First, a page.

I've been practicing my telekinesis. Its a lot harder than I thought. I only use small objects like paper clips and bottle caps. As I concentrate, the objects shake ever so slightly but so far I haven't made them defy gravity.
I just thought of something the government doesn't tax. Gravity! You can use all the gravity available and not pay a penny. And lately, I've been using a fair share of the stuff. Ever since I quit smoking 8 1/2 years ago, my gravity consumption has been on the upswing. I'd hate to imagine the government pounding on my door and demanding payment for past gravity use.
Here's a wild thing that is true. If you successfully rob a bank, the government can lock you up for not paying taxes on the loot. And the IRS is nobody to screw around with. Just ask Wesley Snipes or Richard Hatch. From Al Capone to Al Pacino, the IRS goes after everyone. Al Pacino is latest entry in the IRS's list of tax evaders. One of my favorite tax stories is Joe Louis, the heavy-weight championship boxer of the thirties and forties. During WWII, Joe Louis donated all his winnings to the war effort. After the war, the IRS comes up to Joe and says "Where is our money?" Joe is confused. What money? The tax money from all the fights during the war! Well, he gave that to the government. Yes, but he did not give the IRS a share. It was still considered income and they declared that he owed back taxes. A lot more than he had or could come up with. Poor Joe winded up being a Greeter at Caesar's Palace in Las Vegas just to pay off the debt.
Joe wasn't the only one this happened to. Abbott and Costello found themselves in a similar situation. They spent the war years donating their talents and income to USO shows and other benefits for the war effort. The IRS wanted a cut out of those donations also. Bud and Lou went on the radio and asked the public to help them out by sending in a few bucks. The FCC got involved at this point. They deemed it illegal to ask for donations for themselves. If they would have formed a charity, they could have asked for money for that charity. Nobody told them this, so it never happened. Whatever money was sent in on their behest was returned immediately. In the end the IRS ended up selling off Bud and Lou's houses, furnishings, cars and other acquisitions. Lou Costello died a pauper, but Bud Abbott lived a couple decades longer and died without debt. If you ever saw Abbott and Costello cartoons that were made in the 60's, the voice of Abbott was indeed Abbott. This is how he got out of the red and into the black.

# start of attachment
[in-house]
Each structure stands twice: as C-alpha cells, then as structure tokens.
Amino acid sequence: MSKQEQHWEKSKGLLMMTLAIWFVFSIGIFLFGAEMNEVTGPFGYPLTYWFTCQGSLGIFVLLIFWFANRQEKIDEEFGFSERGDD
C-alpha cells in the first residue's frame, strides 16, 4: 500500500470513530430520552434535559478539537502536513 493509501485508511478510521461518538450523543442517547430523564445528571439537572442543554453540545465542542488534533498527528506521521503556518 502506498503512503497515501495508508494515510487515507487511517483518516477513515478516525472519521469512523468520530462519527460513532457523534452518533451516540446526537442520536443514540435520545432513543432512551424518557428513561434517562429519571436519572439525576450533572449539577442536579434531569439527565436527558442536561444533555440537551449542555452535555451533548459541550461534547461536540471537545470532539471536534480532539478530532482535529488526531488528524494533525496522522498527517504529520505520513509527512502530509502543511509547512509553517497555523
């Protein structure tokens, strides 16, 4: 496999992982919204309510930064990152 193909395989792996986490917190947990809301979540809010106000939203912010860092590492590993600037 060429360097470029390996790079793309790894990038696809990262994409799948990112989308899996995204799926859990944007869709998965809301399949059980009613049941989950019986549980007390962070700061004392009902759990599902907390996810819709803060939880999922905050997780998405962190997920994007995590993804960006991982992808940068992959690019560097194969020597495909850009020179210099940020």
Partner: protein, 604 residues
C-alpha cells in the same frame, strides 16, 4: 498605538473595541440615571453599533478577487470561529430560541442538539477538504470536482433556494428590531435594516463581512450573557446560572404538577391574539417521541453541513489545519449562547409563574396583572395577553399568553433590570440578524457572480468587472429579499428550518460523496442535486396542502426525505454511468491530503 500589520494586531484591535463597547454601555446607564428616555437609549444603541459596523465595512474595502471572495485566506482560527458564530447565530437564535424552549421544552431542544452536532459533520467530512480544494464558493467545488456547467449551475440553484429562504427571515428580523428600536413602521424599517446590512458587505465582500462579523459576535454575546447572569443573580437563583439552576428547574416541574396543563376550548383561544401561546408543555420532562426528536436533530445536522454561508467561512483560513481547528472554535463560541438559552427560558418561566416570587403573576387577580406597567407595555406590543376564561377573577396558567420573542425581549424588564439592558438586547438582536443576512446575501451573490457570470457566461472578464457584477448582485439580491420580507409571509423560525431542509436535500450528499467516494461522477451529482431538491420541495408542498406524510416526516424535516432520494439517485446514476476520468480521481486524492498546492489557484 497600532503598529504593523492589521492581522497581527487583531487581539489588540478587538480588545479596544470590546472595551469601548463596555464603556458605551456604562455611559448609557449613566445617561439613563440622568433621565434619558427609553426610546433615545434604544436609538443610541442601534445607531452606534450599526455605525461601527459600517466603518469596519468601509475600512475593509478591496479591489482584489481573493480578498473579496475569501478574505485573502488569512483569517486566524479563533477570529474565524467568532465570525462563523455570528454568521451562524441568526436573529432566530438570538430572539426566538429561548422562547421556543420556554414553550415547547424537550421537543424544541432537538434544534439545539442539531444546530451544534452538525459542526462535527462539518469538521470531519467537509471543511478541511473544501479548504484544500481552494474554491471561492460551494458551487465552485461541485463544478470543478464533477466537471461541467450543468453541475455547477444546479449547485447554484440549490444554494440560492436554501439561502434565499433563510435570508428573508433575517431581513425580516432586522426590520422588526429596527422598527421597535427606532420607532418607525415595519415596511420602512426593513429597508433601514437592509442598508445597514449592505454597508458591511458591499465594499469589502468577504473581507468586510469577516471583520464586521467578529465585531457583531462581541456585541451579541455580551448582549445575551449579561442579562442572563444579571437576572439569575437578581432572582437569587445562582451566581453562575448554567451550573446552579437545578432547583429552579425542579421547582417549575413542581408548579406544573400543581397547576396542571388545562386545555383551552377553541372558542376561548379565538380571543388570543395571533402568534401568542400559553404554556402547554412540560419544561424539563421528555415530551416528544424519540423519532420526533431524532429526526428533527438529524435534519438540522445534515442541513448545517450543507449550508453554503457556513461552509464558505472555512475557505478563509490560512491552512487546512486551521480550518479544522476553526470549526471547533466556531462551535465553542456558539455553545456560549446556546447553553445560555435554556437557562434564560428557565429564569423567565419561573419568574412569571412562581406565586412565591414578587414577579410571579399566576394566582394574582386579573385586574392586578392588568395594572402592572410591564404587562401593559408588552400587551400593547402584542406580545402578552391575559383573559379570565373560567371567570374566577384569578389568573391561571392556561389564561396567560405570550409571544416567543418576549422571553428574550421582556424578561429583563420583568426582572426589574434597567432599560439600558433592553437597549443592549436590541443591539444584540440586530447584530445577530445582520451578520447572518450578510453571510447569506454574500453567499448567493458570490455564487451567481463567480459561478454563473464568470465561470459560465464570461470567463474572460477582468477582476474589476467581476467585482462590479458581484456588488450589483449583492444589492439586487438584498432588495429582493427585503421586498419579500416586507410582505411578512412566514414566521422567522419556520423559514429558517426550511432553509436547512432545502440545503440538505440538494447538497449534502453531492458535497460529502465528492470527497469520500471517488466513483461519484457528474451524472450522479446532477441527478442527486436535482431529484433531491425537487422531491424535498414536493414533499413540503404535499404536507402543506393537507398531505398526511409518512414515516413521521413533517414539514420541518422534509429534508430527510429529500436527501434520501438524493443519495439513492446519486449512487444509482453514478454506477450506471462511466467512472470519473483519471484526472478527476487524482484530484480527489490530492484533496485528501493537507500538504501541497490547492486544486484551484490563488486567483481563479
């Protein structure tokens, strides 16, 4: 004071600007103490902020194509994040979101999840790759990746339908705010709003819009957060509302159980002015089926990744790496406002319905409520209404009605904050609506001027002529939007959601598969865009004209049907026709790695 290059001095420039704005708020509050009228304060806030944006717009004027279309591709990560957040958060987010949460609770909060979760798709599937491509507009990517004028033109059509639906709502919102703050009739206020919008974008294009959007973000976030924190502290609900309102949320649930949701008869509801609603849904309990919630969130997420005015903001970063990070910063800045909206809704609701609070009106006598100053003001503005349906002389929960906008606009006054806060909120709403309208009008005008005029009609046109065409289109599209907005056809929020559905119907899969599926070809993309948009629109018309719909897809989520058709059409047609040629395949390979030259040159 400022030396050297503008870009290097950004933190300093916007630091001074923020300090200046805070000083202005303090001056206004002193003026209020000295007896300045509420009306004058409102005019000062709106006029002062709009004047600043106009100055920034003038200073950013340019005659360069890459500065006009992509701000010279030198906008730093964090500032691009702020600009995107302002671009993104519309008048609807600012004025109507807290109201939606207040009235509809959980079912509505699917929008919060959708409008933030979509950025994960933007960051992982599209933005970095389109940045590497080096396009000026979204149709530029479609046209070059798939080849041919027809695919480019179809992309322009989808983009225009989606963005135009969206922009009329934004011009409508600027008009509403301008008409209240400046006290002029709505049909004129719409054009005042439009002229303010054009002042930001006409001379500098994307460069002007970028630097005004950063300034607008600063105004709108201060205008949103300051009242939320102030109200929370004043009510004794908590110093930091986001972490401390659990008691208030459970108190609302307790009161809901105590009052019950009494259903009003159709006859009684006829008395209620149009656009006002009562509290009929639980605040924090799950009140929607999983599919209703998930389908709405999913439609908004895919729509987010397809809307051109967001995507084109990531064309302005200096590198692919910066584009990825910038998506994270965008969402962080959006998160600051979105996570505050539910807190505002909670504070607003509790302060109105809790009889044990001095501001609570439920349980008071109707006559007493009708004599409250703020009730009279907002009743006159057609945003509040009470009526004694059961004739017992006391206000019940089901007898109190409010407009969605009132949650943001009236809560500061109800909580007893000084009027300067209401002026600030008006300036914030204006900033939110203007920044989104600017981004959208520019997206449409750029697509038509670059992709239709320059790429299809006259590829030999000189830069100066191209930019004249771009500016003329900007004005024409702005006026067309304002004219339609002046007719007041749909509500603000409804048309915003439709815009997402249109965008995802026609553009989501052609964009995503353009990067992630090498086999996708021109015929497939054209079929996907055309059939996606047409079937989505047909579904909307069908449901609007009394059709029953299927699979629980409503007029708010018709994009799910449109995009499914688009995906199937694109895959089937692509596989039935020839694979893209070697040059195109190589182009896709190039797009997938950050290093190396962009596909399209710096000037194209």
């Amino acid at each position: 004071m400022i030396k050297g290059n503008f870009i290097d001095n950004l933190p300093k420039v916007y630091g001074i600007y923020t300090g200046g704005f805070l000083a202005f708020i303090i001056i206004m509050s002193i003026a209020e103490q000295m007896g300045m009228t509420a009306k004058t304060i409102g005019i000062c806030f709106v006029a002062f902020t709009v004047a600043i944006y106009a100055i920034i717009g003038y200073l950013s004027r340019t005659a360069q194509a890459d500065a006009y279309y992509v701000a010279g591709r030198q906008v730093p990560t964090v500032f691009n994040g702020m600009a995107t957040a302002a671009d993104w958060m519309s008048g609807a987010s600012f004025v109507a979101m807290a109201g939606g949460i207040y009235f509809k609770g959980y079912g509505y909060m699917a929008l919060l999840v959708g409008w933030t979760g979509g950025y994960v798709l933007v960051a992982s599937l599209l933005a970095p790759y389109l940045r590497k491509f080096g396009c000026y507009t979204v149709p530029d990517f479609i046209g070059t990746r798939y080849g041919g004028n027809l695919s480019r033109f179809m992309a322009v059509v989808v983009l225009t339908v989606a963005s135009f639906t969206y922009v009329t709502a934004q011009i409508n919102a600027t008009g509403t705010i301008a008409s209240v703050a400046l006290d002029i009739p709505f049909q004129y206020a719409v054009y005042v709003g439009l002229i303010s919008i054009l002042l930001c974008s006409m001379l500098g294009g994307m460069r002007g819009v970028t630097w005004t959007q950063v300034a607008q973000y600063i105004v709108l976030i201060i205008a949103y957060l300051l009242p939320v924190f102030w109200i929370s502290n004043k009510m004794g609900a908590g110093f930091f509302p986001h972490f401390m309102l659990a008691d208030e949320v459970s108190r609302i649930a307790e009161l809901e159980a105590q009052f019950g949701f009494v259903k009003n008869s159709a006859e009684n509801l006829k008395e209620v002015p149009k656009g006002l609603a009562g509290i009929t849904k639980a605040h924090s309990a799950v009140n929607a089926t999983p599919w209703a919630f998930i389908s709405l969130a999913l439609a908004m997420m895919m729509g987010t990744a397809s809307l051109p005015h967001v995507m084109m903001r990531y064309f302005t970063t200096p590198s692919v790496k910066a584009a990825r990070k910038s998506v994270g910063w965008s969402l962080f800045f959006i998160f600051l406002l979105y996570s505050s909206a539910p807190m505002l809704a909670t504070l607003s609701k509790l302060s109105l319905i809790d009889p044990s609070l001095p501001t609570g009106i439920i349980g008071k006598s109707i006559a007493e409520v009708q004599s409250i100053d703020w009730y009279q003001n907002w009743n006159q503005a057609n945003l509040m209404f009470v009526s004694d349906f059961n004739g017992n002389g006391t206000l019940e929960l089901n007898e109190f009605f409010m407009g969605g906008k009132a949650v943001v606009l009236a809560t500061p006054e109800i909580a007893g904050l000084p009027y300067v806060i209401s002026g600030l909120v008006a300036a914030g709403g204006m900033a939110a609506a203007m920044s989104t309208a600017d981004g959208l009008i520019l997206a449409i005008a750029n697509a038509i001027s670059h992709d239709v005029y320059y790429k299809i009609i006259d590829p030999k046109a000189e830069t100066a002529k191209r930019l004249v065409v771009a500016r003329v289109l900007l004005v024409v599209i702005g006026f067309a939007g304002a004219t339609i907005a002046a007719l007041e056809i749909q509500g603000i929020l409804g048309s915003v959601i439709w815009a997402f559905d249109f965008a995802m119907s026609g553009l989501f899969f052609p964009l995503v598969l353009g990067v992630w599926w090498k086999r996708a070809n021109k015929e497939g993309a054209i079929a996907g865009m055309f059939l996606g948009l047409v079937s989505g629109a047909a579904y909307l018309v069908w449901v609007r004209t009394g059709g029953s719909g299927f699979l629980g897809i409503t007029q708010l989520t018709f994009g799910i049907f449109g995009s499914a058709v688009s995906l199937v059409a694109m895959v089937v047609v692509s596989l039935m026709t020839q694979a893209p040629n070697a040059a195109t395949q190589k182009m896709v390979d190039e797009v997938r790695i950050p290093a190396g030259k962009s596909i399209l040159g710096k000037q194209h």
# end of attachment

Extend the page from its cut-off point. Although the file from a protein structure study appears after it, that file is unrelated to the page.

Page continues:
Well, back to my notion about a gravity tax. If you know an IRS agent, please, and I stress "PLEASE" do not tell them about it. I'm certain that sooner or later, they will get around to figuring a way to tax it without any help from me or you.